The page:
There doesn't seem to be much that's spooking investors these days. Ever-rising geo-political tensions loom over a roiling White House and stymied Congress. Yet, the markets remain eerily calm. Volatility continues to be low and consumer sentiment is high. The market is widely considered to be pricey, but the extended bull market seems to be keeping investors pretty upbeat.
But there are some sectors that investors seem to be fearful of, particularly retail. Discipline value investing requires one to go into areas of the market that are unloved and in some cases by exploring such sectors, warts and all, an investor could find some value.
The stock screening models I created for Validea were inspired by some of history's most prominent market gurus, including famed value investors Benjamin Graham, Warren Buffett and Kenneth Fisher. Buffett, inspired by Graham, avoids the "hot" stocks surrounded by media buzz, nor will you see him cut and run when negative hype abounds. He goes for stable companies with strong fundamentals, capable management and a durable competitive advantage--that provide goods or services that are easy to understand and that people need and want. Fisher pioneered the use of the price-to-sales ratio ( PSR ), which compared the total price of a company's stock to the sales the company generated, rather than the typically used price-earnings ratio. According to Fisher, evaluating price as it relates to sales gives investors the opportunity to find companies that might be operating at a loss (and have low PSR's) but still have good prospects for growth (such companies wouldn't have P/E ratios as earnings would be less than zero).
Rather than avoid the "spooky" sectors, these guru philosophies can help identify where opportunities may be lurking.
Retail Sector Trends
On the whole, the retail sector has seen hard times. Online retailers such as Amazon are taking huge chunks of market share from brick-and-mortar retailers--which has led to store closures--and recent natural disasters have added insult to injury. Technological innovations and omni-channel stores are offering customers myriad shopping/buying options, and the sector continues to undergo transformation as competition escalates.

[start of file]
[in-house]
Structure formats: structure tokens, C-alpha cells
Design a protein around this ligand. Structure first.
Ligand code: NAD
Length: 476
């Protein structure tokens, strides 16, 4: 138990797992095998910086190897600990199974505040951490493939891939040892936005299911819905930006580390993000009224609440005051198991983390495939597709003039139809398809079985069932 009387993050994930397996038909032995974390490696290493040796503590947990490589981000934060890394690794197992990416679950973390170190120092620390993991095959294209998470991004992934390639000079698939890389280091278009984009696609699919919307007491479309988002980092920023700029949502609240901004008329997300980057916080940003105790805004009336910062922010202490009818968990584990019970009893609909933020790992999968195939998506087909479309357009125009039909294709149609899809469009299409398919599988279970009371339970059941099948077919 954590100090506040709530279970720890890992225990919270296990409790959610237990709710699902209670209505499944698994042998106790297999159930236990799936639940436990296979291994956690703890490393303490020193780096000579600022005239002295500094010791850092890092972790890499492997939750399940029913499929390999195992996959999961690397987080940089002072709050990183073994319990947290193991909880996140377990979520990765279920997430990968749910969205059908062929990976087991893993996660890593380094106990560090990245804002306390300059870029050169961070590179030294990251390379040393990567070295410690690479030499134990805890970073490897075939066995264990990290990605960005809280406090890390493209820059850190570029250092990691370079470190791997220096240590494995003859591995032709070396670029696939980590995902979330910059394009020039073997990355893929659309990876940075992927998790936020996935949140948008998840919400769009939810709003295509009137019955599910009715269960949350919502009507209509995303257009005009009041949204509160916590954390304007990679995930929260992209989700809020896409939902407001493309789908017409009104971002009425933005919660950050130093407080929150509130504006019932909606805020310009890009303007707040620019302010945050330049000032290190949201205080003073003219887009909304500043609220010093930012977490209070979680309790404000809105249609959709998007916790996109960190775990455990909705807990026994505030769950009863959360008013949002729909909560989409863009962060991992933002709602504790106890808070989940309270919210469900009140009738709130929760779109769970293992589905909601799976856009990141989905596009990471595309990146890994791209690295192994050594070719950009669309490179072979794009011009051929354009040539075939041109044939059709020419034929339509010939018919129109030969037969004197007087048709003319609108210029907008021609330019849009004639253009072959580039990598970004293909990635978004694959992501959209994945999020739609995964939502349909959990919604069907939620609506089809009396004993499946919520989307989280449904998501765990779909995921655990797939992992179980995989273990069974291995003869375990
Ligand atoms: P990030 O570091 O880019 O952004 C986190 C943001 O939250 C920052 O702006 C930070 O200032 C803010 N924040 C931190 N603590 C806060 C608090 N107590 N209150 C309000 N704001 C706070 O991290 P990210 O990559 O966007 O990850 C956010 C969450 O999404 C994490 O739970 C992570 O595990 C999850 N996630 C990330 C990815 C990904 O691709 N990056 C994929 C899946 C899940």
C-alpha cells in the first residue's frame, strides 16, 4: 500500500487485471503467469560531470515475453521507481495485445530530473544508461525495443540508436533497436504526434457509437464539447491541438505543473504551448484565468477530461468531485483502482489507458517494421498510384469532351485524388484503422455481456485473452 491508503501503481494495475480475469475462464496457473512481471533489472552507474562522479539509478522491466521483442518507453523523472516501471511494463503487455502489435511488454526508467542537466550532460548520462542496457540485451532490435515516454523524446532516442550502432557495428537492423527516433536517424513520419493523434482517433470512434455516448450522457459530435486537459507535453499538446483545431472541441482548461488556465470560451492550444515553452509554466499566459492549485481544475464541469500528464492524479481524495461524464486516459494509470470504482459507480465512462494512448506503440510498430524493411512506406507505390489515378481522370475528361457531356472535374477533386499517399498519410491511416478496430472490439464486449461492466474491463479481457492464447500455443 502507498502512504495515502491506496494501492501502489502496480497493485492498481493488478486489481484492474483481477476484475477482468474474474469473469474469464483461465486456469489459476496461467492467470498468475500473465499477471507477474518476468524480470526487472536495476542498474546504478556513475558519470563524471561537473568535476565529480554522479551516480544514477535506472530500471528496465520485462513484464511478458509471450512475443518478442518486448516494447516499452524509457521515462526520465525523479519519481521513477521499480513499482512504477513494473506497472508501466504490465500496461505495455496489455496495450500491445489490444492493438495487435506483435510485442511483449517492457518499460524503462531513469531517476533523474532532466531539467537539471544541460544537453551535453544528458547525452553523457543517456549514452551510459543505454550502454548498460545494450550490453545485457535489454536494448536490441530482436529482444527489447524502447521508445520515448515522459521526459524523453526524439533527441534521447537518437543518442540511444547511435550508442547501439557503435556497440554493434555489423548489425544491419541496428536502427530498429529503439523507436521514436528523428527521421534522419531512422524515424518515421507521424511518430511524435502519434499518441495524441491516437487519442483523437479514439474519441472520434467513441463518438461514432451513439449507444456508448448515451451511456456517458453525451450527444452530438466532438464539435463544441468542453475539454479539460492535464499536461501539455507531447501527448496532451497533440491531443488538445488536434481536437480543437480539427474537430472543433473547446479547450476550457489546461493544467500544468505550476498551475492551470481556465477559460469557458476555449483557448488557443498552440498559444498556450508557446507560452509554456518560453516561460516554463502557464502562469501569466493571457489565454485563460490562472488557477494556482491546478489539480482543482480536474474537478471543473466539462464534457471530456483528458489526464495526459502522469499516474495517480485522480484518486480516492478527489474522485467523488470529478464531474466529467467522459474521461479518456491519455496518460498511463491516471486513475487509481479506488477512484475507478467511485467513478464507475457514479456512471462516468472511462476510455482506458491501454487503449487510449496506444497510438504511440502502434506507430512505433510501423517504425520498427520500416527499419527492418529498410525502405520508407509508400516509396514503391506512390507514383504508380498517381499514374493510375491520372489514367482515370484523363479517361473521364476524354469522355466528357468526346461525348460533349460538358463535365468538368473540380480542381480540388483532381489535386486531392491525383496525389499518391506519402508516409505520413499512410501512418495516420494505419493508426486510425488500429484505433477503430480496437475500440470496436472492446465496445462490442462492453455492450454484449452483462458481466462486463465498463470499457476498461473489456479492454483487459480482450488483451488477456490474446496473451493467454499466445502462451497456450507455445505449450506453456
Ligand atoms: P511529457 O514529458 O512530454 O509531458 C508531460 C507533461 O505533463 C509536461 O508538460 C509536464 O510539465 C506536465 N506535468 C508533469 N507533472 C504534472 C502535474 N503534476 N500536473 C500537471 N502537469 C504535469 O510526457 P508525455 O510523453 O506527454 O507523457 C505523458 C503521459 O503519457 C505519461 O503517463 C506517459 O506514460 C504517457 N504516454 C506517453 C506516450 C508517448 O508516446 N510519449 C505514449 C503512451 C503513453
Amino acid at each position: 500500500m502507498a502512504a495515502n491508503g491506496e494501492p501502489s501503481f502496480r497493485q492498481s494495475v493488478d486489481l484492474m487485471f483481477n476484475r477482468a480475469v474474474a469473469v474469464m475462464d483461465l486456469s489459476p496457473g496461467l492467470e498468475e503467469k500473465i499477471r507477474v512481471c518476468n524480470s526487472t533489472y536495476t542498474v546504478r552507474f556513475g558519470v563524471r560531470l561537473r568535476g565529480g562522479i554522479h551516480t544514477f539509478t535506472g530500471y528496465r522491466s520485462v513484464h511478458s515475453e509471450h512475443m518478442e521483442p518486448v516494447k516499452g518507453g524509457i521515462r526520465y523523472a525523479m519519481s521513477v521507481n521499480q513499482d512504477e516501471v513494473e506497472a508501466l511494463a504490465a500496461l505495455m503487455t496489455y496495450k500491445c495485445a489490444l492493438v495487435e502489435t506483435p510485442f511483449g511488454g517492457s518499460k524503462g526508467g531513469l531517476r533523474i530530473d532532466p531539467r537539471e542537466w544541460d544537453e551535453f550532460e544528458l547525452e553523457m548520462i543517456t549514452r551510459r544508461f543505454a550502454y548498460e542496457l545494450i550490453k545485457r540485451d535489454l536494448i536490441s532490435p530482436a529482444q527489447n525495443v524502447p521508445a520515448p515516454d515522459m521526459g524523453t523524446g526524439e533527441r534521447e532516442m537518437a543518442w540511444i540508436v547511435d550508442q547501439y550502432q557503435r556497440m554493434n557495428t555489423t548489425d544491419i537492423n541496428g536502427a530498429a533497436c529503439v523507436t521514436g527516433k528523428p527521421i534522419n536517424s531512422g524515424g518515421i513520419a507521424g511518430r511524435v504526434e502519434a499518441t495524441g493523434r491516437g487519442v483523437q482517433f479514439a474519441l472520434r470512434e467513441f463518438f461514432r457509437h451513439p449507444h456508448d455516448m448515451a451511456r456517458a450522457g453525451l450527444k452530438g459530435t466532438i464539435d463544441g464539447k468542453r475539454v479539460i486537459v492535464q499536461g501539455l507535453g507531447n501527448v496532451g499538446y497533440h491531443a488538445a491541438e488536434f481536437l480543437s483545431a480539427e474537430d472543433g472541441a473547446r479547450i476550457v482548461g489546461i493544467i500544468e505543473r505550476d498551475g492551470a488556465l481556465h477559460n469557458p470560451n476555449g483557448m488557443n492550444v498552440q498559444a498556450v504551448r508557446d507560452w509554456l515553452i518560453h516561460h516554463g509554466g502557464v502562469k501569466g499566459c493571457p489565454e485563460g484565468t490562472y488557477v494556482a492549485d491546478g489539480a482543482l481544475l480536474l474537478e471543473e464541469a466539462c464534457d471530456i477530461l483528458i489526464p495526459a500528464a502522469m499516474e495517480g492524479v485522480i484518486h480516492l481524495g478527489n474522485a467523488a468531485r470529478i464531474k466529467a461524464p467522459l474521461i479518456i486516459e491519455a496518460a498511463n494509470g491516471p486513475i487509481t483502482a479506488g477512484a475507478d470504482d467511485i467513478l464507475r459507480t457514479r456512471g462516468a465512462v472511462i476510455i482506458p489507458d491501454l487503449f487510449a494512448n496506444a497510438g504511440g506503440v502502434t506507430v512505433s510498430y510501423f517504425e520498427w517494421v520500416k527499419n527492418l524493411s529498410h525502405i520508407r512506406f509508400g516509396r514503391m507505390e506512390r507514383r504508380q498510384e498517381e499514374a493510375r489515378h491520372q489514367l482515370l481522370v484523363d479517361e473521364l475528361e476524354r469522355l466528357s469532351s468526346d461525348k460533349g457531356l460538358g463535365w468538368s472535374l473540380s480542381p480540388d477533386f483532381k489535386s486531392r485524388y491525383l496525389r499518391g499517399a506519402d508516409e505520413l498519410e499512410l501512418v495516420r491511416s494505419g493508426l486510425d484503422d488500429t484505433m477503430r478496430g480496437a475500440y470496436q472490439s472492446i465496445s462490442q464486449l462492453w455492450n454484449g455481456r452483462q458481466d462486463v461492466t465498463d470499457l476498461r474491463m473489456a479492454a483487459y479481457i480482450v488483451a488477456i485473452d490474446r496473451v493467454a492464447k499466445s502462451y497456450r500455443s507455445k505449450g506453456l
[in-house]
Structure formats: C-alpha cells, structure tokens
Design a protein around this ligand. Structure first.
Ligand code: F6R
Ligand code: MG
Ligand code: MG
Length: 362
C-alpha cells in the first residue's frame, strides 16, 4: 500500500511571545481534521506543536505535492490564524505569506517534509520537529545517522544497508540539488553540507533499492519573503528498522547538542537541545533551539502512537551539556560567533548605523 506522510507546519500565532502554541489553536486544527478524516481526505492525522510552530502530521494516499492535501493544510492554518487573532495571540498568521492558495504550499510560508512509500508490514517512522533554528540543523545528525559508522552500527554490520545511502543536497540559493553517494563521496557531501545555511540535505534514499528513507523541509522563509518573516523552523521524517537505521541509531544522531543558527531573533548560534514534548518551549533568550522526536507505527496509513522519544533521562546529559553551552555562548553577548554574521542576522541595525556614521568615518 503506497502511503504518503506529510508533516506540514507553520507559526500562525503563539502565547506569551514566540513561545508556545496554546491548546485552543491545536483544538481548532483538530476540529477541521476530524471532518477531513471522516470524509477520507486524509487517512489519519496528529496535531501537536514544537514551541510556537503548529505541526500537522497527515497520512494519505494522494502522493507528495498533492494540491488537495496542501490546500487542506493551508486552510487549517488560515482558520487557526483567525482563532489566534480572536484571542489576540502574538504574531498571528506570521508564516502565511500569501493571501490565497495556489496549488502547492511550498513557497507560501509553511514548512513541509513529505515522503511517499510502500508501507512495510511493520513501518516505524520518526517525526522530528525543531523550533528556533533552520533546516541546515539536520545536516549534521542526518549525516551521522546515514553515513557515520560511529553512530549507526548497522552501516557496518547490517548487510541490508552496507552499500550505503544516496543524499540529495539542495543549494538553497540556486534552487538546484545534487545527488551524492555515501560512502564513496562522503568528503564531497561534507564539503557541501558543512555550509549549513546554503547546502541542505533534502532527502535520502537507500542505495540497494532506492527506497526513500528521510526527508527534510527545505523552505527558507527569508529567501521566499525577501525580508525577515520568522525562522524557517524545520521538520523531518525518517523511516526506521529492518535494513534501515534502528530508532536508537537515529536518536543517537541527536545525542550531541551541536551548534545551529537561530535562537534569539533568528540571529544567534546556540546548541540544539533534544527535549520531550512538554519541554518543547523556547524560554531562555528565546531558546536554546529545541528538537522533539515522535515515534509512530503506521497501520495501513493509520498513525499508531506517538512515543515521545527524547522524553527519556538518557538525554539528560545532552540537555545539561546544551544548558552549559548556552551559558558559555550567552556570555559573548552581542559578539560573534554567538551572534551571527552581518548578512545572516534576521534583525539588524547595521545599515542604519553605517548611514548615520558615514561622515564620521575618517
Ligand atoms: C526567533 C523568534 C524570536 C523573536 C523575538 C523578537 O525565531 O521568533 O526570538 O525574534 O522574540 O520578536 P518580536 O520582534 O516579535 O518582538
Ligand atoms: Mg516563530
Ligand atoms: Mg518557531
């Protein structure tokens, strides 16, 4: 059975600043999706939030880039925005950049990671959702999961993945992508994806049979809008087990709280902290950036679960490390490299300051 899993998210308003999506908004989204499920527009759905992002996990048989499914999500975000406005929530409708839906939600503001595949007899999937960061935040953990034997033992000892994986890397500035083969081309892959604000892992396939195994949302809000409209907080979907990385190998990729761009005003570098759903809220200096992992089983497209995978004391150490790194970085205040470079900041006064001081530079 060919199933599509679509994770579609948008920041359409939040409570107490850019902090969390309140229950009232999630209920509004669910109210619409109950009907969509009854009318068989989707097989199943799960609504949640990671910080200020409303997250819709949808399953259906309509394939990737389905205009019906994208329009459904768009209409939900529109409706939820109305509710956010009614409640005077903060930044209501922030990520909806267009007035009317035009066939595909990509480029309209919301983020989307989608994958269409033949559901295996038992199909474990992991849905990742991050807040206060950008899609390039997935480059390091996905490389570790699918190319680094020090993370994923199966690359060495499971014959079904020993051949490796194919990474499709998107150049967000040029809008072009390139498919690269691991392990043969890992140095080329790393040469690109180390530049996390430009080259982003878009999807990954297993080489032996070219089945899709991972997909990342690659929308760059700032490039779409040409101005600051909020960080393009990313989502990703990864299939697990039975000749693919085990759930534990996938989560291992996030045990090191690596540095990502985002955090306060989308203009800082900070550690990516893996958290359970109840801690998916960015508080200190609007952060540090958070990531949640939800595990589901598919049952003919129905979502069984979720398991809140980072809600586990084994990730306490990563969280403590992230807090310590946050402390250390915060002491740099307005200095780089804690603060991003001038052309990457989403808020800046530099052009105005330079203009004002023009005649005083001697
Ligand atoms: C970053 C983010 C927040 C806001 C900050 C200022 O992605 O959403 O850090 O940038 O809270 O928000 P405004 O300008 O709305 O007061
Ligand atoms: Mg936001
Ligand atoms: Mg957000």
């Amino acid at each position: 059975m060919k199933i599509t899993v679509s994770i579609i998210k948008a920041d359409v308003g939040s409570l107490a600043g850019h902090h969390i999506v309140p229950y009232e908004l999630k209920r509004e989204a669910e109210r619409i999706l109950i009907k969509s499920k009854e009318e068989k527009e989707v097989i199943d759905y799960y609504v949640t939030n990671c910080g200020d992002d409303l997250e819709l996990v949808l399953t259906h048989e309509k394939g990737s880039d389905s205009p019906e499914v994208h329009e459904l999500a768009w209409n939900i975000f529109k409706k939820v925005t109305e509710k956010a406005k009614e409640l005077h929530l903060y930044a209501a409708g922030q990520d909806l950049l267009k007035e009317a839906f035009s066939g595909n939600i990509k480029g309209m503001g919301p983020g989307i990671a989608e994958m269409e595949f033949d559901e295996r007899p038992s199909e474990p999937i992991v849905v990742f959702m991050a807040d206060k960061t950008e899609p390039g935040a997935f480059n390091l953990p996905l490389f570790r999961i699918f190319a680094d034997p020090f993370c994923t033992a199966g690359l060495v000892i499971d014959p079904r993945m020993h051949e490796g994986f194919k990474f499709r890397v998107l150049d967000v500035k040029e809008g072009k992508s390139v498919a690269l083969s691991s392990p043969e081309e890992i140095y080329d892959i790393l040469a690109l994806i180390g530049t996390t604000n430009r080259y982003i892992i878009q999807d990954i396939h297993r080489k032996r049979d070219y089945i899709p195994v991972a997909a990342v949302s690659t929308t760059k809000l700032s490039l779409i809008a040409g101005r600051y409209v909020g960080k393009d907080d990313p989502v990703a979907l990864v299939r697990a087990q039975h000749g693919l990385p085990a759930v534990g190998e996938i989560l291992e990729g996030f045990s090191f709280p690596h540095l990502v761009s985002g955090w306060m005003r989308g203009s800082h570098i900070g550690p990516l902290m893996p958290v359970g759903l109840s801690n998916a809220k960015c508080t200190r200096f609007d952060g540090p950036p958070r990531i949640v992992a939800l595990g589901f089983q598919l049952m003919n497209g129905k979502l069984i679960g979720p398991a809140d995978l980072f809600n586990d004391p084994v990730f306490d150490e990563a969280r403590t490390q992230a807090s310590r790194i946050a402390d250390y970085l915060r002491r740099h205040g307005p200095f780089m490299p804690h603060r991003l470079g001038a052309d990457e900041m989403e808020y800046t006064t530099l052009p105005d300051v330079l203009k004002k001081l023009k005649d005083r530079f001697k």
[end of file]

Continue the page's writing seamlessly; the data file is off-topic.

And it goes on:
That said, there is optimism stemming from increased sales (as wages grow and unemployment remains low), and some retailers are opening new stores. The possibility exists that some of the retail naysaying has been overdone. Between August and September, retail sales saw a slight uptick of 0.5%, while year-over-year numbers reflected 3.2% sales growth for the sector, according to the National Retail Federation.
Earlier this month, the NRF announced that it expects holiday retail sales in November and December - excluding automobiles, gasoline and restaurants - to increase between 3.6 and 4 percent for a total of $678.75 billion to $682 billion, up from $655.8 billion last year. "Our forecast reflects the very realistic steady momentum of the economy and overall strength of the industry," NRF President and CEO Matthew Shay said. "Although this year hasn't been perfect, especially with the recent devastating hurricanes, we believe that a longer shopping season and strong consumer confidence will deliver retailers a strong holiday season."
This data, coupled with overall positive consumer sentiment, could uncover some promising names for the contrarian investor, even those that have stumbled of late, such as SIG, FL, and FRAN, all of which earn high marks from our Graham- and Fisher-based models. Our Buffett-based model gives a thumb's up to NKE and HAS. The retail industry is one of the areas of the market that trades at a big discount, and it will be interesting to see if these turn out to be good values or value traps, but since I invest systematically I've been buying some of these names and hoping that investors have overreacted to the downside on these names.
At the time of publication, John Reese and/or his private clients were long SIG, FL, NKE and HAS.